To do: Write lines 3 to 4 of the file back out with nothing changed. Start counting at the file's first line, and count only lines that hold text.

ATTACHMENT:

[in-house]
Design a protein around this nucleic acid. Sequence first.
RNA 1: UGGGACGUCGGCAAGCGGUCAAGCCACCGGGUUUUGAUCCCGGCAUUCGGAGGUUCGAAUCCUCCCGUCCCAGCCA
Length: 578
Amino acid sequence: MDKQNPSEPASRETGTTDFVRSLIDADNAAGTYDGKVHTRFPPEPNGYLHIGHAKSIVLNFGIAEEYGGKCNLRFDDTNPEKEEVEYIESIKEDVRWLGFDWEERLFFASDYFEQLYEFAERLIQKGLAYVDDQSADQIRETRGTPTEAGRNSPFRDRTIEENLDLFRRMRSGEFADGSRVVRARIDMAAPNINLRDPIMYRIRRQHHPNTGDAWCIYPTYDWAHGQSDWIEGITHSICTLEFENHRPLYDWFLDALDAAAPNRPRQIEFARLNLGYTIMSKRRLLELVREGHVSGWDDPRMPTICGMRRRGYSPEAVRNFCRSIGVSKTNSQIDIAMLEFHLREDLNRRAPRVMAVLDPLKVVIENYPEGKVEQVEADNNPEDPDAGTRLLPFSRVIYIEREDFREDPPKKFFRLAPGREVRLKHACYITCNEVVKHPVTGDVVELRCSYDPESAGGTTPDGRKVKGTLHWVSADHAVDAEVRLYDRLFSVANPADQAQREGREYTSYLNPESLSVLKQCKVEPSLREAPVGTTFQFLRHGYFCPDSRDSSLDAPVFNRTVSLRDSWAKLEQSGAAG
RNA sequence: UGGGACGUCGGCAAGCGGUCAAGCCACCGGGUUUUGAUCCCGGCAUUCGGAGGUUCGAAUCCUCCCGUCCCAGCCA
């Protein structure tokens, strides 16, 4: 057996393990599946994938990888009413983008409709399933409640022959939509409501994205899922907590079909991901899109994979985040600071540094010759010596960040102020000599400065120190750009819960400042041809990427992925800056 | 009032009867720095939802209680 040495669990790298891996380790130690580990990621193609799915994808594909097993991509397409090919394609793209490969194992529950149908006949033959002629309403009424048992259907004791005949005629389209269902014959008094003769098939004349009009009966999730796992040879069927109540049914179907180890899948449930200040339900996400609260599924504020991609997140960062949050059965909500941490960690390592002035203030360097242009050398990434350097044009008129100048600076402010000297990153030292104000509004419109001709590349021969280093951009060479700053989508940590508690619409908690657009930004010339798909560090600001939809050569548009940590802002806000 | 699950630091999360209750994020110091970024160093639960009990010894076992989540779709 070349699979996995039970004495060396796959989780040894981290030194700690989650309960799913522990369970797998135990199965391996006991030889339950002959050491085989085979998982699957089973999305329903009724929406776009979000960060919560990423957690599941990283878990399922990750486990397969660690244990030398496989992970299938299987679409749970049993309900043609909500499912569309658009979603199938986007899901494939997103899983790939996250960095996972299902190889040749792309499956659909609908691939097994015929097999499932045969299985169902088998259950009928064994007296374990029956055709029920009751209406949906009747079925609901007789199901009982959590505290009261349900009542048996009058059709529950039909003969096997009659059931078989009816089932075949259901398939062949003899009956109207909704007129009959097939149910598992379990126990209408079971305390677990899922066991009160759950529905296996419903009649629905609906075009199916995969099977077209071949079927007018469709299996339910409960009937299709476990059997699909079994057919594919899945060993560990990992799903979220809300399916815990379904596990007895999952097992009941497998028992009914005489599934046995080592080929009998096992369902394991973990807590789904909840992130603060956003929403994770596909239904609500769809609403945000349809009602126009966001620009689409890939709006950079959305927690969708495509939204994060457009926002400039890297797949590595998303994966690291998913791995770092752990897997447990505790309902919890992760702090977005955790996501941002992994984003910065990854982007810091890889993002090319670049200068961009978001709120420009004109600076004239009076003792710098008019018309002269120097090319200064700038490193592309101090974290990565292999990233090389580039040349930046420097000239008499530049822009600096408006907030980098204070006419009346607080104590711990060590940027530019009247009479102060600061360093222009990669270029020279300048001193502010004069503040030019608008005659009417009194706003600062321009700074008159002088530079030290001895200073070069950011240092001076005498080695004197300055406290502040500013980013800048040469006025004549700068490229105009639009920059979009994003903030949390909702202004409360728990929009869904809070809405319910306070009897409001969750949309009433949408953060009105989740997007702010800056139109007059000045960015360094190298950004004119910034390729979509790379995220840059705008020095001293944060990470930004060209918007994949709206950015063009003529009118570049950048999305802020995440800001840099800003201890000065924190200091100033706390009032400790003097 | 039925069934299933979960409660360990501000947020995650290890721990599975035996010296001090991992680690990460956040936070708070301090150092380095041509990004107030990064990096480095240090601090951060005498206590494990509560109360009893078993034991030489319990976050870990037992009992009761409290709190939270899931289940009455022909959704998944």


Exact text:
RNA 1: UGGGACGUCGGCAAGCGGUCAAGCCACCGGGUUUUGAUCCCGGCAUUCGGAGGUUCGAAUCCUCCCGUCCCAGCCA
Length: 578